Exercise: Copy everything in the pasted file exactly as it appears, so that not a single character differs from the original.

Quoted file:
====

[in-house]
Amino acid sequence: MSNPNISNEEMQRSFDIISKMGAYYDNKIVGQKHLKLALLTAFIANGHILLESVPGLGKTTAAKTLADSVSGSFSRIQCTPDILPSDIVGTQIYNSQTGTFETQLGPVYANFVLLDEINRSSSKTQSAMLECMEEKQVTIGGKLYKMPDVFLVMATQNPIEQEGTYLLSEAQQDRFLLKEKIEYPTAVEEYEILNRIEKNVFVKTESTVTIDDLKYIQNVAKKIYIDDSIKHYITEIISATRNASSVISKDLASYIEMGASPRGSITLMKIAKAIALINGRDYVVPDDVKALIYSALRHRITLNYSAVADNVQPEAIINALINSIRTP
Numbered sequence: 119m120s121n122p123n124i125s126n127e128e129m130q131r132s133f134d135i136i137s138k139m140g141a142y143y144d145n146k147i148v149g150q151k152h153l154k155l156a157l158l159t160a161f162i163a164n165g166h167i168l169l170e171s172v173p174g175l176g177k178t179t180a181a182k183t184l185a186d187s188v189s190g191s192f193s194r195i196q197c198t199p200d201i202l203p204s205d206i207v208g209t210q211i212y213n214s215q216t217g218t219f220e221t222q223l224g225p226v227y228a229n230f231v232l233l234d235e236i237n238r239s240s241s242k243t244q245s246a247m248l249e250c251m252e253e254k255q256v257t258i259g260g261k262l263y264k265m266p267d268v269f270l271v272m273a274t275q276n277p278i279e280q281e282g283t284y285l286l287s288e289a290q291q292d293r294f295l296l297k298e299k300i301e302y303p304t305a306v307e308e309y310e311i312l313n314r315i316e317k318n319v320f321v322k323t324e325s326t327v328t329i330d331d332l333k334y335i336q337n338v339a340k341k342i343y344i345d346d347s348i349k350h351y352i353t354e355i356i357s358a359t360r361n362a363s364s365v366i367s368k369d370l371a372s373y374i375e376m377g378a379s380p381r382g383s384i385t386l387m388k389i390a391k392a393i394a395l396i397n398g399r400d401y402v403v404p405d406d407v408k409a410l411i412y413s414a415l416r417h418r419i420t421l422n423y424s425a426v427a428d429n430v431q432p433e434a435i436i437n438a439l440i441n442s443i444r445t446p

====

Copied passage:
[in-house]
Amino acid sequence: MSNPNISNEEMQRSFDIISKMGAYYDNKIVGQKHLKLALLTAFIANGHILLESVPGLGKTTAAKTLADSVSGSFSRIQCTPDILPSDIVGTQIYNSQTGTFETQLGPVYANFVLLDEINRSSSKTQSAMLECMEEKQVTIGGKLYKMPDVFLVMATQNPIEQEGTYLLSEAQQDRFLLKEKIEYPTAVEEYEILNRIEKNVFVKTESTVTIDDLKYIQNVAKKIYIDDSIKHYITEIISATRNASSVISKDLASYIEMGASPRGSITLMKIAKAIALINGRDYVVPDDVKALIYSALRHRITLNYSAVADNVQPEAIINALINSIRTP
Numbered sequence: 119m120s121n122p123n124i125s126n127e128e129m130q131r132s133f134d135i136i137s138k139m140g141a142y143y144d145n146k147i148v149g150q151k152h153l154k155l156a157l158l159t160a161f162i163a164n165g166h167i168l169l170e171s172v173p174g175l176g177k178t179t180a181a182k183t184l185a186d187s188v189s190g191s192f193s194r195i196q197c198t199p200d201i202l203p204s205d206i207v208g209t210q211i212y213n214s215q216t217g218t219f220e221t222q223l224g225p226v227y228a229n230f231v232l233l234d235e236i237n238r239s240s241s242k243t244q245s246a247m248l249e250c251m252e253e254k255q256v257t258i259g260g261k262l263y264k265m266p267d268v269f270l271v272m273a274t275q276n277p278i279e280q281e282g283t284y285l286l287s288e289a290q291q292d293r294f295l296l297k298e299k300i301e302y303p304t305a306v307e308e309y310e311i312l313n314r315i316e317k318n319v320f321v322k323t324e325s326t327v328t329i330d331d332l333k334y335i336q337n338v339a340k341k342i343y344i345d346d347s348i349k350h351y352i353t354e355i356i357s358a359t360r361n362a363s364s365v366i367s368k369d370l371a372s373y374i375e376m377g378a379s380p381r382g383s384i385t386l387m388k389i390a391k392a393i394a395l396i397n398g399r400d401y402v403v404p405d406d407v408k409a410l411i412y413s414a415l416r417h418r419i420t421l422n423y424s425a426v427a428d429n430v431q432p433e434a435i436i437n438a439l440i441n442s443i444r445t446p